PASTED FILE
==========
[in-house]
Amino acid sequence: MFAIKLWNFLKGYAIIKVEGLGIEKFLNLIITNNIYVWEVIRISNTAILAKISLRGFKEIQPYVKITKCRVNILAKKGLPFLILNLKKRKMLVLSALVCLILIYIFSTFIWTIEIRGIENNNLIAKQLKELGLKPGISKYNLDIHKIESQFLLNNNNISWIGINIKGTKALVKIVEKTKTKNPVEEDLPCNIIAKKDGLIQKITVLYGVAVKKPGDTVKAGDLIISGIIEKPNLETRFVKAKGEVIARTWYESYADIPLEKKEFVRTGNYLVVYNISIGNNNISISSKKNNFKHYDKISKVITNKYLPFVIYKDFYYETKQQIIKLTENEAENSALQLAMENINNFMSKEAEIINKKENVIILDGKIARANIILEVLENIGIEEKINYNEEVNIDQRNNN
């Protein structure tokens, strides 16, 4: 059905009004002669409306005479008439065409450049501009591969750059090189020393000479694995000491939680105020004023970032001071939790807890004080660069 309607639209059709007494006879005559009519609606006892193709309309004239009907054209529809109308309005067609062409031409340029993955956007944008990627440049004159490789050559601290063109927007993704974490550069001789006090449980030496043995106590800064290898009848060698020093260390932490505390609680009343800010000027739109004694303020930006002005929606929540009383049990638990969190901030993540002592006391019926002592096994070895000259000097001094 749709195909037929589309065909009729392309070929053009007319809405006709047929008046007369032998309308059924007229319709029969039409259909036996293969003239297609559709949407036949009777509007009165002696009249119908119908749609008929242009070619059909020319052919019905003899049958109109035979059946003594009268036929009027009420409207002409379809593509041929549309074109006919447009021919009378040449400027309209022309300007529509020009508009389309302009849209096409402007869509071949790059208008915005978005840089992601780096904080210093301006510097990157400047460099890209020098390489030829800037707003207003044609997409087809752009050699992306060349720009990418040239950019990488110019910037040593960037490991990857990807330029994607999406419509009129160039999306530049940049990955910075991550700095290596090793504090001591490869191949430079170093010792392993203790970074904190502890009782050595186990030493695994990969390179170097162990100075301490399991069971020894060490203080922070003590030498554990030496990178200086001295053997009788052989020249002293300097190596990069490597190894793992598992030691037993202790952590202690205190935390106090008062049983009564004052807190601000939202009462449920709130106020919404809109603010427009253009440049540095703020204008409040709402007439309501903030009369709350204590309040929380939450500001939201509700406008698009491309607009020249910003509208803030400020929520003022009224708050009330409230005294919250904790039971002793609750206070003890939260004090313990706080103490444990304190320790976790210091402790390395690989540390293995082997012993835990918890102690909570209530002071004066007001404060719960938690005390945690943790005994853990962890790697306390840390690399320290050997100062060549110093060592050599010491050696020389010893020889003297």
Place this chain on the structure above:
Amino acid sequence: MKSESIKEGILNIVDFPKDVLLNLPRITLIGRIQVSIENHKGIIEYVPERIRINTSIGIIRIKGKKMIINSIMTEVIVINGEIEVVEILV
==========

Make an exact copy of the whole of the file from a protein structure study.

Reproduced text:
[in-house]
Amino acid sequence: MFAIKLWNFLKGYAIIKVEGLGIEKFLNLIITNNIYVWEVIRISNTAILAKISLRGFKEIQPYVKITKCRVNILAKKGLPFLILNLKKRKMLVLSALVCLILIYIFSTFIWTIEIRGIENNNLIAKQLKELGLKPGISKYNLDIHKIESQFLLNNNNISWIGINIKGTKALVKIVEKTKTKNPVEEDLPCNIIAKKDGLIQKITVLYGVAVKKPGDTVKAGDLIISGIIEKPNLETRFVKAKGEVIARTWYESYADIPLEKKEFVRTGNYLVVYNISIGNNNISISSKKNNFKHYDKISKVITNKYLPFVIYKDFYYETKQQIIKLTENEAENSALQLAMENINNFMSKEAEIINKKENVIILDGKIARANIILEVLENIGIEEKINYNEEVNIDQRNNN
């Protein structure tokens, strides 16, 4: 059905009004002669409306005479008439065409450049501009591969750059090189020393000479694995000491939680105020004023970032001071939790807890004080660069 309607639209059709007494006879005559009519609606006892193709309309004239009907054209529809109308309005067609062409031409340029993955956007944008990627440049004159490789050559601290063109927007993704974490550069001789006090449980030496043995106590800064290898009848060698020093260390932490505390609680009343800010000027739109004694303020930006002005929606929540009383049990638990969190901030993540002592006391019926002592096994070895000259000097001094 749709195909037929589309065909009729392309070929053009007319809405006709047929008046007369032998309308059924007229319709029969039409259909036996293969003239297609559709949407036949009777509007009165002696009249119908119908749609008929242009070619059909020319052919019905003899049958109109035979059946003594009268036929009027009420409207002409379809593509041929549309074109006919447009021919009378040449400027309209022309300007529509020009508009389309302009849209096409402007869509071949790059208008915005978005840089992601780096904080210093301006510097990157400047460099890209020098390489030829800037707003207003044609997409087809752009050699992306060349720009990418040239950019990488110019910037040593960037490991990857990807330029994607999406419509009129160039999306530049940049990955910075991550700095290596090793504090001591490869191949430079170093010792392993203790970074904190502890009782050595186990030493695994990969390179170097162990100075301490399991069971020894060490203080922070003590030498554990030496990178200086001295053997009788052989020249002293300097190596990069490597190894793992598992030691037993202790952590202690205190935390106090008062049983009564004052807190601000939202009462449920709130106020919404809109603010427009253009440049540095703020204008409040709402007439309501903030009369709350204590309040929380939450500001939201509700406008698009491309607009020249910003509208803030400020929520003022009224708050009330409230005294919250904790039971002793609750206070003890939260004090313990706080103490444990304190320790976790210091402790390395690989540390293995082997012993835990918890102690909570209530002071004066007001404060719960938690005390945690943790005994853990962890790697306390840390690399320290050997100062060549110093060592050599010491050696020389010893020889003297």
Place this chain on the structure above:
Amino acid sequence: MKSESIKEGILNIVDFPKDVLLNLPRITLIGRIQVSIENHKGIIEYVPERIRINTSIGIIRIKGKKMIINSIMTEVIVINGEIEVVEILV